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Polio eradication dinner, Rotary International, Hawthorn, Victoria.

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Senator the Hon Kay Patterson Minister for Health and Ageing

Polio Eradication Dinner

Rotary International Hawthorn, Victoria 26 November 2002

This text was endorsed by the Minister for use in speaking at this event. Please check against actual delivery. Thank you, Tony - distinguished guests, ladies and gentlemen.

It is a pleasure to be in the company of people dedicated to the noble cause of eradicating polio from this planet.

As many of you will know, polio is one of the most invidious diseases in history.

It is highly infectious and spreads easily through entire communities, mainly affecting children; ● It can cause total paralysis in a matter of hours, by invading the nervous system. ● 1 in every 200 infections leads to irreversible paralysis and 5 to 10 % will then die. ● There is no cure for polio. ●

Australia suffered large outbreaks of polio in the 1930s and 1950s - before a vaccine had been invented.

The fear and panic that polio caused to Australian families is well known, but nevertheless awful.

The old images of rows of patients in iron lungs stand as a stark reminder of this terrible virus.

Tonight we gather in anticipation of a truly momentous achievement, which is the eradication of a virus from the face of the earth by human intervention. Smallpox was the first virus we eradicated giving hope that we could do the same with polio.

Polio is one of only a limited number of diseases that can be eradicated because:

It only affects humans and there is no animal reservoir for the virus; ● An effective and inexpensive vaccine exists; ● Immunity is life-long, and ● the polio virus can only survive for a short time in the environment. ●

This does not mean that eradicating polio is in any sense easy.

I commend Rotary International wholeheartedly for deciding in 1985 to support the goal of immunising the world's children against polio by Rotary's 100th anniversary in 2005.

I understand Rotary International is the largest private sector contributor to the Global Polio Eradication Initiative Initiative, with your PolioPlus Program providing 407 million US dollars to the protection of more than 2 billion children in 122 countries.

I know these funds have provided much-needed vaccine, operational support, medical teams, laboratory equipment and educational materials for health workers and parents in the developing countries.

In 2001, 575 million children received 2 billion doses of oral polio vaccine in 94 countries, administered by about 10 million health care workers across the world.

These activities have reduced the number of poliomyelitis endemic countries by two-thirds, with a 92 per cent decline in reported poliomyelitis cases. It is heartening that there were only 51 reported polio cases in the world for this year to the end of April.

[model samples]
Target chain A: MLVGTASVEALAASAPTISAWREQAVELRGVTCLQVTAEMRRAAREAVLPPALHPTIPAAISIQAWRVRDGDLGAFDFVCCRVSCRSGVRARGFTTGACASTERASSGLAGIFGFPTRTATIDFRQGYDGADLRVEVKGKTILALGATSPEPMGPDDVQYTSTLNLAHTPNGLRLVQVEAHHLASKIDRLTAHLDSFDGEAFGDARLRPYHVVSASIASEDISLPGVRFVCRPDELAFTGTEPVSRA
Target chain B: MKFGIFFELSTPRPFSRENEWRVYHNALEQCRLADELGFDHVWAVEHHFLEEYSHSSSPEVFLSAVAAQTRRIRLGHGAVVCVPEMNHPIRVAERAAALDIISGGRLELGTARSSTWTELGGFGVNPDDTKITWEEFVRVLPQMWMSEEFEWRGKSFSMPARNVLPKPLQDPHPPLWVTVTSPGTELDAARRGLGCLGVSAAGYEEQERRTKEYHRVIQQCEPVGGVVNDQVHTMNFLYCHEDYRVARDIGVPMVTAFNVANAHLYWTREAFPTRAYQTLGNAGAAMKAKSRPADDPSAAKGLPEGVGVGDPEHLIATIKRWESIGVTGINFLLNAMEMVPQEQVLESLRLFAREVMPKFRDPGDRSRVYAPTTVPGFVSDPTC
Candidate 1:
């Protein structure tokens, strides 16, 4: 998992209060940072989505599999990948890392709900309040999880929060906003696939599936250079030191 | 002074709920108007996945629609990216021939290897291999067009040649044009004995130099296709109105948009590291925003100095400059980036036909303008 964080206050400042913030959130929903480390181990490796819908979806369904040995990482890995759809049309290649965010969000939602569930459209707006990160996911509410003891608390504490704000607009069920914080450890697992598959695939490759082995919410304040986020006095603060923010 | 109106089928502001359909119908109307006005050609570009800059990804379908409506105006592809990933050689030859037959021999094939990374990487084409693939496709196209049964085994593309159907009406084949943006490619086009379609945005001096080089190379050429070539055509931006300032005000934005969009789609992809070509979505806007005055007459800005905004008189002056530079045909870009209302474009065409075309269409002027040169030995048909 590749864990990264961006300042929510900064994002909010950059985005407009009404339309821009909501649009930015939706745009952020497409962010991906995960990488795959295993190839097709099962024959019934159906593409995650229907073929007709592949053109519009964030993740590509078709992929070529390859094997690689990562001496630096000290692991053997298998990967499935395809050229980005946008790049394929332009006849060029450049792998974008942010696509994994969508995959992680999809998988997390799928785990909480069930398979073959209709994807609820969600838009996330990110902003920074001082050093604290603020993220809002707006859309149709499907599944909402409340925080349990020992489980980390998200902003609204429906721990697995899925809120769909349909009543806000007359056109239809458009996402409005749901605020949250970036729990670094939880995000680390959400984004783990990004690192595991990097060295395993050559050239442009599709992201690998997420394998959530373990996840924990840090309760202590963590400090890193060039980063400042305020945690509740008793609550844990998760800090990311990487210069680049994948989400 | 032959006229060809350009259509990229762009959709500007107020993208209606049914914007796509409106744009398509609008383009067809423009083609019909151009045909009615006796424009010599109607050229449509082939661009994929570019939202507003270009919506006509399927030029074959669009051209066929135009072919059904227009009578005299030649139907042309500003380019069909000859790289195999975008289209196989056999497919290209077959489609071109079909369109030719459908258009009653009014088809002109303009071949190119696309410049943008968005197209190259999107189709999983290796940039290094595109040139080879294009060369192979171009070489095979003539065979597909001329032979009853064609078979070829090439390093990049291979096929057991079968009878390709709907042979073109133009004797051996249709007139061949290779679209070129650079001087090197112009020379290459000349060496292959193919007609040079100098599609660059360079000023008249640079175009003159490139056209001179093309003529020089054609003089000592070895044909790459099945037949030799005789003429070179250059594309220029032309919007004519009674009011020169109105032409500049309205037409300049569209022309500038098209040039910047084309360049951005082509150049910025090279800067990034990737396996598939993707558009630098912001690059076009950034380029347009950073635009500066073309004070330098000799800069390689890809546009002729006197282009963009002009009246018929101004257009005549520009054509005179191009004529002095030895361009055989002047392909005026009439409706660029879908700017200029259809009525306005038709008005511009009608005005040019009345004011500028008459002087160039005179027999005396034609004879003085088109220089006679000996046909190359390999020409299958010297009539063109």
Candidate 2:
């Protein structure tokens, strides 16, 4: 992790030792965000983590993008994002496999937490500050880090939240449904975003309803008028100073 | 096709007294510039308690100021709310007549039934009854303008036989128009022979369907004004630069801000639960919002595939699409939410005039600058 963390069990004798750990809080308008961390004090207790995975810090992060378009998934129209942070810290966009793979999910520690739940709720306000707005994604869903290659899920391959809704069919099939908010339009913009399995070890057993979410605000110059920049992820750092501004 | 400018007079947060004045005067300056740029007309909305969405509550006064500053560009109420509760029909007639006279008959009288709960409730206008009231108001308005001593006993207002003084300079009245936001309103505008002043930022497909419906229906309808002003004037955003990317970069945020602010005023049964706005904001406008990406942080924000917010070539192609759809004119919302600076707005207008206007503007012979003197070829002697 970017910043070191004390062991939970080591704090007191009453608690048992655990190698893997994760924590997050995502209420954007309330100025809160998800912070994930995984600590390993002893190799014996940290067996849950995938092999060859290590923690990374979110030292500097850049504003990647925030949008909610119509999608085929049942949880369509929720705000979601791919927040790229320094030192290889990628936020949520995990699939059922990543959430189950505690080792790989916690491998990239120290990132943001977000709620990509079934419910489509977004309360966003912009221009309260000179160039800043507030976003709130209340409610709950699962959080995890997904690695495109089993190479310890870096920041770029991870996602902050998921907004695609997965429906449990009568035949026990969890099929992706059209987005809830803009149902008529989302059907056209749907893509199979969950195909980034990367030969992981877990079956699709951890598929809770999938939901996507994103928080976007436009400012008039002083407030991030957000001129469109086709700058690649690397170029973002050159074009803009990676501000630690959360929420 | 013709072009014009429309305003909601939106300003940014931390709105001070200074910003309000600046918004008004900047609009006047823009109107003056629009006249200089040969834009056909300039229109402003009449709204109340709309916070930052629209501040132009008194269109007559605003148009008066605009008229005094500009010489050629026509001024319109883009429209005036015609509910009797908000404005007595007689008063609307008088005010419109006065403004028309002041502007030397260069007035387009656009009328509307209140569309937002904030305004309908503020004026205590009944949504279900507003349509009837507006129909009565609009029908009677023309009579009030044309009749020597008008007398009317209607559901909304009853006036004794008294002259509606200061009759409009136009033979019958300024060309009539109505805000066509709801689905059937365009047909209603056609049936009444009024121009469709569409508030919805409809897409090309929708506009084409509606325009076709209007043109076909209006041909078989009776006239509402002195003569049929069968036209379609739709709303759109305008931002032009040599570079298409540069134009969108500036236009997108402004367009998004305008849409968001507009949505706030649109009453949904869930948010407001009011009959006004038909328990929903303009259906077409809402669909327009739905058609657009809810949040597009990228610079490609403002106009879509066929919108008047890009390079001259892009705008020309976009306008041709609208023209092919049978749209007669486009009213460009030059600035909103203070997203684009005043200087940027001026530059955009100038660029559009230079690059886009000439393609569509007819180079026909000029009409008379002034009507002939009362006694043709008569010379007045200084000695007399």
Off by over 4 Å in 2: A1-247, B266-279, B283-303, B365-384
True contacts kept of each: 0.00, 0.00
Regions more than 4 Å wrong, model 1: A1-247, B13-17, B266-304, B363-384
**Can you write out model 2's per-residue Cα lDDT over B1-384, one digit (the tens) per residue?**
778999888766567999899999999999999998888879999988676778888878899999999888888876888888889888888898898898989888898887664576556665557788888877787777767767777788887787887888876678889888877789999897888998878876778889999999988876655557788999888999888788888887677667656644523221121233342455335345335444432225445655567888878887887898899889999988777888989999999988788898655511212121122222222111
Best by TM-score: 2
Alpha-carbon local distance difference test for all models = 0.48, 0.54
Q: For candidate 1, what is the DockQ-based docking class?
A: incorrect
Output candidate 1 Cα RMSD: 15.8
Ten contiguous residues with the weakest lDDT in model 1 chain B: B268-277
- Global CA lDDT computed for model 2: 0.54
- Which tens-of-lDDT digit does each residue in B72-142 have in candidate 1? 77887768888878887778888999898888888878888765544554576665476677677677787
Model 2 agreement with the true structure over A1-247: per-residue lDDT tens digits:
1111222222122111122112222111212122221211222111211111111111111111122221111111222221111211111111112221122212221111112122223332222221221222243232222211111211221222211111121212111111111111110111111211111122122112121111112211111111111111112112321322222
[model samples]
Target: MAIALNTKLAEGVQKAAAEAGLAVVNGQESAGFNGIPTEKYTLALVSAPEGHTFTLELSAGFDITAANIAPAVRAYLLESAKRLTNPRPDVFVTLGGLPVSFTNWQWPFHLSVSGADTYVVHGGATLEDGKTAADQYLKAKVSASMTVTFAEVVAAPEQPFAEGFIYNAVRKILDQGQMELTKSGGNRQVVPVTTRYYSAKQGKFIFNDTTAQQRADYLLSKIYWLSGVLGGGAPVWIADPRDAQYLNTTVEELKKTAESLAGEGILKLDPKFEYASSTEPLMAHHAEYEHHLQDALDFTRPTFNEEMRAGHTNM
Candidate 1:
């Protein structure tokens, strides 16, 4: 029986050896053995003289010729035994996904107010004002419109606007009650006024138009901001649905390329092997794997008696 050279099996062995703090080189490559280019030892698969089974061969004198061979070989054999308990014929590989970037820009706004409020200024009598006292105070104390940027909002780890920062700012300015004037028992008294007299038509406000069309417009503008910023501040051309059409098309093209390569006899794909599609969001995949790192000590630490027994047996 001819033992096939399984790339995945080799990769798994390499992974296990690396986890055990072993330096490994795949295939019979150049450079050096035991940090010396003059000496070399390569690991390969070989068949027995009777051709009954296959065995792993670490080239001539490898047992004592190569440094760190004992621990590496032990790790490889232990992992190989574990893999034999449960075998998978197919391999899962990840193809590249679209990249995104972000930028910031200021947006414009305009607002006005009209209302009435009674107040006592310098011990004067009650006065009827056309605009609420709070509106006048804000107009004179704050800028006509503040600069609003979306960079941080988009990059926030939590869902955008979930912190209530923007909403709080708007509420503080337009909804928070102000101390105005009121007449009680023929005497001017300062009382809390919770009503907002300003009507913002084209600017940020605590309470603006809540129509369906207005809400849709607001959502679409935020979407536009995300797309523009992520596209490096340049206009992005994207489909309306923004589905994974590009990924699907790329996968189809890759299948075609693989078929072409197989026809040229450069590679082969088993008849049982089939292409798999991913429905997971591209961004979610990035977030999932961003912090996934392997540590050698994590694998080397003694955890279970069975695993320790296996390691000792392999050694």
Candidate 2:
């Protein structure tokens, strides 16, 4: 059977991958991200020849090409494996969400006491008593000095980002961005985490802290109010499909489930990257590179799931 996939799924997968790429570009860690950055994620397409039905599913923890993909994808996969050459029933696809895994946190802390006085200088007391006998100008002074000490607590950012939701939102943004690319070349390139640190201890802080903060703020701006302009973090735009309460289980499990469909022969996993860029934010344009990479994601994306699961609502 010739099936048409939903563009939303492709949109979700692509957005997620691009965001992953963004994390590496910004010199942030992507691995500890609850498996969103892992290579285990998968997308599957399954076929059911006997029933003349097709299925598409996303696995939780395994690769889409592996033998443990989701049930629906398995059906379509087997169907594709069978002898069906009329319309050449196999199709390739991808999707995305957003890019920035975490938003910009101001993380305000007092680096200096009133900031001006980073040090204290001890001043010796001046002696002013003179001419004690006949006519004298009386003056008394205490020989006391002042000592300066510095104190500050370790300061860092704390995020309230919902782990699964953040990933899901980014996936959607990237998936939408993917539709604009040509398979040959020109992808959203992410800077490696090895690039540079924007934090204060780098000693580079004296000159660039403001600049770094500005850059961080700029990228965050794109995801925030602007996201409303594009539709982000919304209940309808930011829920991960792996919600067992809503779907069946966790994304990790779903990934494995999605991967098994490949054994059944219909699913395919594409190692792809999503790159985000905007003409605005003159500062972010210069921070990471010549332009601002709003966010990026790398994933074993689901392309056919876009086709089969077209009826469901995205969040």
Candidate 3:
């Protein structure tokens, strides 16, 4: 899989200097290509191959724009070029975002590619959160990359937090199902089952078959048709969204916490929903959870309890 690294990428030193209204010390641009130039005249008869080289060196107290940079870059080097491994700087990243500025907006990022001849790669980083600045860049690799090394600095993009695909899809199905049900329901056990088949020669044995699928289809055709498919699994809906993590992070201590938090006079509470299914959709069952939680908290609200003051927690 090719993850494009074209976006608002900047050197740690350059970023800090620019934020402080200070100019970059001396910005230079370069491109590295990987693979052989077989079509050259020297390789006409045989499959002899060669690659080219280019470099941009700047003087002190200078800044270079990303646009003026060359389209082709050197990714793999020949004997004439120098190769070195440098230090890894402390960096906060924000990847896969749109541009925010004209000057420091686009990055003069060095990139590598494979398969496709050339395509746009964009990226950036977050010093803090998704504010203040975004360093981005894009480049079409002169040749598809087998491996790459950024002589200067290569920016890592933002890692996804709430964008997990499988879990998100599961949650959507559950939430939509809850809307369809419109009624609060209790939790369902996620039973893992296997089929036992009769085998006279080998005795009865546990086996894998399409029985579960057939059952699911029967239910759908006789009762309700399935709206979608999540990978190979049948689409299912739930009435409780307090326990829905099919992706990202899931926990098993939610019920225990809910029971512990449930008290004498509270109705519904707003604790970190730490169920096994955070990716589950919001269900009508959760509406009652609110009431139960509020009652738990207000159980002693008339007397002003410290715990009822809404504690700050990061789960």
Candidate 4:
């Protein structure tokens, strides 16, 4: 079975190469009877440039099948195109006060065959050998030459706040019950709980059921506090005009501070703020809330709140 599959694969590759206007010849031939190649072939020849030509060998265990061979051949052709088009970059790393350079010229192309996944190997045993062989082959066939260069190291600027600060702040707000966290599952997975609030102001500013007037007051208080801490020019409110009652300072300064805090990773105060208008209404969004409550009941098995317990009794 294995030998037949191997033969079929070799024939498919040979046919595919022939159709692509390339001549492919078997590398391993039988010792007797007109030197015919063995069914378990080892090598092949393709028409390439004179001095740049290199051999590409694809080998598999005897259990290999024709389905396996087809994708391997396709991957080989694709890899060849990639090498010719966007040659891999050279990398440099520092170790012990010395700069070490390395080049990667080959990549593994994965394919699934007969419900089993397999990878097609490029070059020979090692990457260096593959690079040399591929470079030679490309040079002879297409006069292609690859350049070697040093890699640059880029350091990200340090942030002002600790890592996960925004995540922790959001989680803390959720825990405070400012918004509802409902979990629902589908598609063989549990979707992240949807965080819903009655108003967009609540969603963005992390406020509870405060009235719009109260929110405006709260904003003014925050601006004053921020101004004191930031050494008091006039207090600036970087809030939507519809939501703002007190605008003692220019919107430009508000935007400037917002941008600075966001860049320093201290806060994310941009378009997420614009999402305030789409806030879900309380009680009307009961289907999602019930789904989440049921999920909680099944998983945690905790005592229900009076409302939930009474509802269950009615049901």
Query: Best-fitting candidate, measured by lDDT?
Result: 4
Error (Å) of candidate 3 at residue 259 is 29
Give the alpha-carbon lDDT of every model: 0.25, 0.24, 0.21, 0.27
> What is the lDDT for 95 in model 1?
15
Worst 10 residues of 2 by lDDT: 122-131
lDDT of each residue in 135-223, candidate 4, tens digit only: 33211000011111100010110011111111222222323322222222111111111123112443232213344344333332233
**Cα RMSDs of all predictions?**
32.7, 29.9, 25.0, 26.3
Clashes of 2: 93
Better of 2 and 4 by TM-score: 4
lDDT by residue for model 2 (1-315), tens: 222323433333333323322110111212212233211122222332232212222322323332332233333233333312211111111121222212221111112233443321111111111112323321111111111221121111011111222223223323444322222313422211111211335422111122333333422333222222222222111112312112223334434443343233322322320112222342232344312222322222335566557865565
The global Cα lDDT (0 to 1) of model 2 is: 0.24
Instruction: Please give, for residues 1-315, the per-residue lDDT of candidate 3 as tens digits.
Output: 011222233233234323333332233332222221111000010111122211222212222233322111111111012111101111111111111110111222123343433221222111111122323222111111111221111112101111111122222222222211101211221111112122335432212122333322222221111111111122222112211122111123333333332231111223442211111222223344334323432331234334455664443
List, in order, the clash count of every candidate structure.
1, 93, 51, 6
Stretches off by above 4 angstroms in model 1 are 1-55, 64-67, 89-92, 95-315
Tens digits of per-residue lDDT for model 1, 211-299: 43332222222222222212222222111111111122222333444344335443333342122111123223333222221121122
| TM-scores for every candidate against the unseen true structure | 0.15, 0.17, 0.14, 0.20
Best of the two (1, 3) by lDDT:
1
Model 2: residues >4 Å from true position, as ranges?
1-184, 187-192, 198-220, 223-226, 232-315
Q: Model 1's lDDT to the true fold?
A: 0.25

The number of countries in which the disease is widespread has declined from 125 to just 10.

This work has led to three WHO global regions now being certified polio-free:

the Americas in 1994; ● the Western Pacific Region, which includes Australia, in 2000; and ● most recently the European region in 2002. ●

These are landmark achievements.

The Australian Government has taken great pride in supporting Rotary by agreeing to match private sector contributions, up to a maximum of $10 million for the period 2001 to 2005.

Last year, the Bill Gates Foundation also agreed to match funds raised by Rotary, including the Australian Government contribution, and the World Bank has declared it will provide $3 for every dollar raised.

This effectively multiplies every dollar raised by Rotary to 10 dollars. We are also determined to eliminate polio in our region.

The only known sources of wild poliovirus remaining in Australia are within laboratories.

My Department is taking a lead role in the Region by implementing a laboratory containment campaign that has identified and produced an inventory of all wild poliovirus stock that are stored in Australian laboratories.

This will ensure that these samples are appropriately contained or destroyed once global eradication is announced.

To ensure Australia remains polio-free:

We are maintaining immunisation coverage, so that currently 94.7 % of infants aged 2 years having completed 3 doses of oral polio vaccine; and ●

We have a system of enhanced surveillance for acute flaccid paralysis that assists in polio alerts. ●

I am delighted that it is now almost 30 years since the last local polio case in Australia, and more than 5 years since the last reported local case in the WHO Western Pacific Region.

We will make every effort to ensure it stays that way.

The Global Polio Eradication Initiative is recognised worldwide as a model of public and private cooperation in pursuit of a wonderful humanitarian goal. I would like to congratulate everyone who has been - and continues to be - a part of it.

Along with everyone here, I await the day when the World Health Organisation assembly is addressed with the proclamation that polio has been eradicated from the planet.

This will truly be a day for rejoicing, and we will all be indebted to the wonderful contribution Rotary International has made to this extraordinary objective.


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